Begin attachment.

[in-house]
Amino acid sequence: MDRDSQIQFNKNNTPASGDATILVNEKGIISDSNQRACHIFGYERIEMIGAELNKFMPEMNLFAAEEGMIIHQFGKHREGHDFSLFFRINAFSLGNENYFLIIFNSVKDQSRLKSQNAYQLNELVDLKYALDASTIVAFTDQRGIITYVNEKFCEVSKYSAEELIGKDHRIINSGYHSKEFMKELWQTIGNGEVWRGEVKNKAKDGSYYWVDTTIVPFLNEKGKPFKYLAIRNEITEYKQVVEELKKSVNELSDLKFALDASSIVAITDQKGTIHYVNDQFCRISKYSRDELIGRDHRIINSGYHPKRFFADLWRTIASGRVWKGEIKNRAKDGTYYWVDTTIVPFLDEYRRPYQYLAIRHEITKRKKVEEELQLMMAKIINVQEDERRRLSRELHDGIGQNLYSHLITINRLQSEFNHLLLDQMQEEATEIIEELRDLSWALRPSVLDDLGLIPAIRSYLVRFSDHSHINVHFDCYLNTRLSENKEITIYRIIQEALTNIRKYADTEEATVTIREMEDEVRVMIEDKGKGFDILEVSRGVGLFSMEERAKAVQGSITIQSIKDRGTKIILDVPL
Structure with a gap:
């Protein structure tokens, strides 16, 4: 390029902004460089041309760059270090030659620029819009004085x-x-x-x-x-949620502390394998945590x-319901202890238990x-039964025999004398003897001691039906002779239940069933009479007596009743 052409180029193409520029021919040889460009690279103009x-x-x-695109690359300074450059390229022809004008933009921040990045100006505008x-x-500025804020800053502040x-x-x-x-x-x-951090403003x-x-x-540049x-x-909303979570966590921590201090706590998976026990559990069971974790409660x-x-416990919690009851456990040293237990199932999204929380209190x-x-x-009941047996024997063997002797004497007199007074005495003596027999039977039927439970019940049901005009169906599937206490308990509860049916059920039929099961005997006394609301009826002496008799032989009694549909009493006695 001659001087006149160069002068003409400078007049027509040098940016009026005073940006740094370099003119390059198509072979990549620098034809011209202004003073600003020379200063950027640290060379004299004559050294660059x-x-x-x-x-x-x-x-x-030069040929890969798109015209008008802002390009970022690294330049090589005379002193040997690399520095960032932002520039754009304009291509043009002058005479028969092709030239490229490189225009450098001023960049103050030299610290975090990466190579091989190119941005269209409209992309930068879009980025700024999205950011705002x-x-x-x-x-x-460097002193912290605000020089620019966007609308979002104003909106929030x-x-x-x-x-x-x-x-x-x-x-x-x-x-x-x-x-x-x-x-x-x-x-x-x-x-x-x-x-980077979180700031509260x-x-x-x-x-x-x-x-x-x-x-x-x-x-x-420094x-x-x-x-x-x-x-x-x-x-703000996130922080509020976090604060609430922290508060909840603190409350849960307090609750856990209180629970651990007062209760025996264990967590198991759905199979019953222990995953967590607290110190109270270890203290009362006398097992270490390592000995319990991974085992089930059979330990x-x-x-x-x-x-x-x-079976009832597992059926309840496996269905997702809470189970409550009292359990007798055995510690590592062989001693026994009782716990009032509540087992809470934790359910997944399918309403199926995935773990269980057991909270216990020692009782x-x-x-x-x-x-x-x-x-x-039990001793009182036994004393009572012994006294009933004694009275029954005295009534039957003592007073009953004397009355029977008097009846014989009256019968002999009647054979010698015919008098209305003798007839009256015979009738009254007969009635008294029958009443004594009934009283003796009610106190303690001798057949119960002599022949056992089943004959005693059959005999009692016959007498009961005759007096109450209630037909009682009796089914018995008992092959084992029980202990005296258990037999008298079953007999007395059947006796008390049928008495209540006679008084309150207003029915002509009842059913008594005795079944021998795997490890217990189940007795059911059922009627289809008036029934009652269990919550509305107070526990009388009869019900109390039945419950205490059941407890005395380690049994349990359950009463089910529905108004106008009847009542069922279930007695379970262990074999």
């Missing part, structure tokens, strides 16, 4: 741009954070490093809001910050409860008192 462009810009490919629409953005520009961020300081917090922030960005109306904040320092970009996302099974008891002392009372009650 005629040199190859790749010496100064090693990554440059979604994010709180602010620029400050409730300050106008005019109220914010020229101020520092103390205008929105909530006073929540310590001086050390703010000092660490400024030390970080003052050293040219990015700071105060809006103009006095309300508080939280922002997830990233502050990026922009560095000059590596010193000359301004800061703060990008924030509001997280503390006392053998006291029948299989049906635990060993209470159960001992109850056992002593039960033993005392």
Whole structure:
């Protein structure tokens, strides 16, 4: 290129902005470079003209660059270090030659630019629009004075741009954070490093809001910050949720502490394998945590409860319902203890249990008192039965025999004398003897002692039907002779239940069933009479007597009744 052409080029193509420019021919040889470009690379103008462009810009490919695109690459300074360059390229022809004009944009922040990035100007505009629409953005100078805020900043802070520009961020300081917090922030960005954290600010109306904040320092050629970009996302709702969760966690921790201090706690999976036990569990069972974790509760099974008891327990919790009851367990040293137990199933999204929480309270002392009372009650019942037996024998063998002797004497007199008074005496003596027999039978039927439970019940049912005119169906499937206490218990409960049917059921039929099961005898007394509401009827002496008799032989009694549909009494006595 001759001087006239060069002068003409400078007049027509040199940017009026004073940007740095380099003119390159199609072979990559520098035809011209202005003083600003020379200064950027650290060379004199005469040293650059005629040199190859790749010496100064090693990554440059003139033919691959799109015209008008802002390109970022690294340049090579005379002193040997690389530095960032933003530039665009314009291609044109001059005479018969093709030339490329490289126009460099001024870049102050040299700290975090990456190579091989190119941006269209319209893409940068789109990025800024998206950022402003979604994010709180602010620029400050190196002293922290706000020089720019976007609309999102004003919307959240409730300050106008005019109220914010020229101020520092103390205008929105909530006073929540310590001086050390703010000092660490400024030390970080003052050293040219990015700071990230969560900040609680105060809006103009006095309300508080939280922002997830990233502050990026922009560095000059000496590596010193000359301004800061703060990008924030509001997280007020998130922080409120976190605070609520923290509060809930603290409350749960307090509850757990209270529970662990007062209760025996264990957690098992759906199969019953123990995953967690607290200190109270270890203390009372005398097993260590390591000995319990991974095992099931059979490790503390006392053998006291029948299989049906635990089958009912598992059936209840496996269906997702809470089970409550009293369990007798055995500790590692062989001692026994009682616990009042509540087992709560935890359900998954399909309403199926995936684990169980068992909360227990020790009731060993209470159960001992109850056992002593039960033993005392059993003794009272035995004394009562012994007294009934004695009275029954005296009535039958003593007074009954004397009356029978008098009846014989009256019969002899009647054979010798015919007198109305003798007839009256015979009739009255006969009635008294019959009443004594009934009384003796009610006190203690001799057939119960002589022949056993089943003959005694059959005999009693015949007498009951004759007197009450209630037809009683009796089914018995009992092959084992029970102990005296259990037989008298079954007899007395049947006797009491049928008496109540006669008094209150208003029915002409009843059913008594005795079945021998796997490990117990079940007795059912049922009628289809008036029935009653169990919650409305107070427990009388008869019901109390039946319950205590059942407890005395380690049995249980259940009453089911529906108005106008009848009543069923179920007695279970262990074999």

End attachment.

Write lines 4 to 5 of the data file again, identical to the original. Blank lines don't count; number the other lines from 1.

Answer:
């Protein structure tokens, strides 16, 4: 390029902004460089041309760059270090030659620029819009004085x-x-x-x-x-949620502390394998945590x-319901202890238990x-039964025999004398003897001691039906002779239940069933009479007596009743 052409180029193409520029021919040889460009690279103009x-x-x-695109690359300074450059390229022809004008933009921040990045100006505008x-x-500025804020800053502040x-x-x-x-x-x-951090403003x-x-x-540049x-x-909303979570966590921590201090706590998976026990559990069971974790409660x-x-416990919690009851456990040293237990199932999204929380209190x-x-x-009941047996024997063997002797004497007199007074005495003596027999039977039927439970019940049901005009169906599937206490308990509860049916059920039929099961005997006394609301009826002496008799032989009694549909009493006695 001659001087006149160069002068003409400078007049027509040098940016009026005073940006740094370099003119390059198509072979990549620098034809011209202004003073600003020379200063950027640290060379004299004559050294660059x-x-x-x-x-x-x-x-x-030069040929890969798109015209008008802002390009970022690294330049090589005379002193040997690399520095960032932002520039754009304009291509043009002058005479028969092709030239490229490189225009450098001023960049103050030299610290975090990466190579091989190119941005269209409209992309930068879009980025700024999205950011705002x-x-x-x-x-x-460097002193912290605000020089620019966007609308979002104003909106929030x-x-x-x-x-x-x-x-x-x-x-x-x-x-x-x-x-x-x-x-x-x-x-x-x-x-x-x-x-980077979180700031509260x-x-x-x-x-x-x-x-x-x-x-x-x-x-x-420094x-x-x-x-x-x-x-x-x-x-703000996130922080509020976090604060609430922290508060909840603190409350849960307090609750856990209180629970651990007062209760025996264990967590198991759905199979019953222990995953967590607290110190109270270890203290009362006398097992270490390592000995319990991974085992089930059979330990x-x-x-x-x-x-x-x-079976009832597992059926309840496996269905997702809470189970409550009292359990007798055995510690590592062989001693026994009782716990009032509540087992809470934790359910997944399918309403199926995935773990269980057991909270216990020692009782x-x-x-x-x-x-x-x-x-x-039990001793009182036994004393009572012994006294009933004694009275029954005295009534039957003592007073009953004397009355029977008097009846014989009256019968002999009647054979010698015919008098209305003798007839009256015979009738009254007969009635008294029958009443004594009934009283003796009610106190303690001798057949119960002599022949056992089943004959005693059959005999009692016959007498009961005759007096109450209630037909009682009796089914018995008992092959084992029980202990005296258990037999008298079953007999007395059947006796008390049928008495209540006679008084309150207003029915002509009842059913008594005795079944021998795997490890217990189940007795059911059922009627289809008036029934009652269990919550509305107070526990009388009869019900109390039945419950205490059941407890005395380690049994349990359950009463089910529905108004106008009847009542069922279930007695379970262990074999």
């Missing part, structure tokens, strides 16, 4: 741009954070490093809001910050409860008192 462009810009490919629409953005520009961020300081917090922030960005109306904040320092970009996302099974008891002392009372009650 005629040199190859790749010496100064090693990554440059979604994010709180602010620029400050409730300050106008005019109220914010020229101020520092103390205008929105909530006073929540310590001086050390703010000092660490400024030390970080003052050293040219990015700071105060809006103009006095309300508080939280922002997830990233502050990026922009560095000059590596010193000359301004800061703060990008924030509001997280503390006392053998006291029948299989049906635990060993209470159960001992109850056992002593039960033993005392």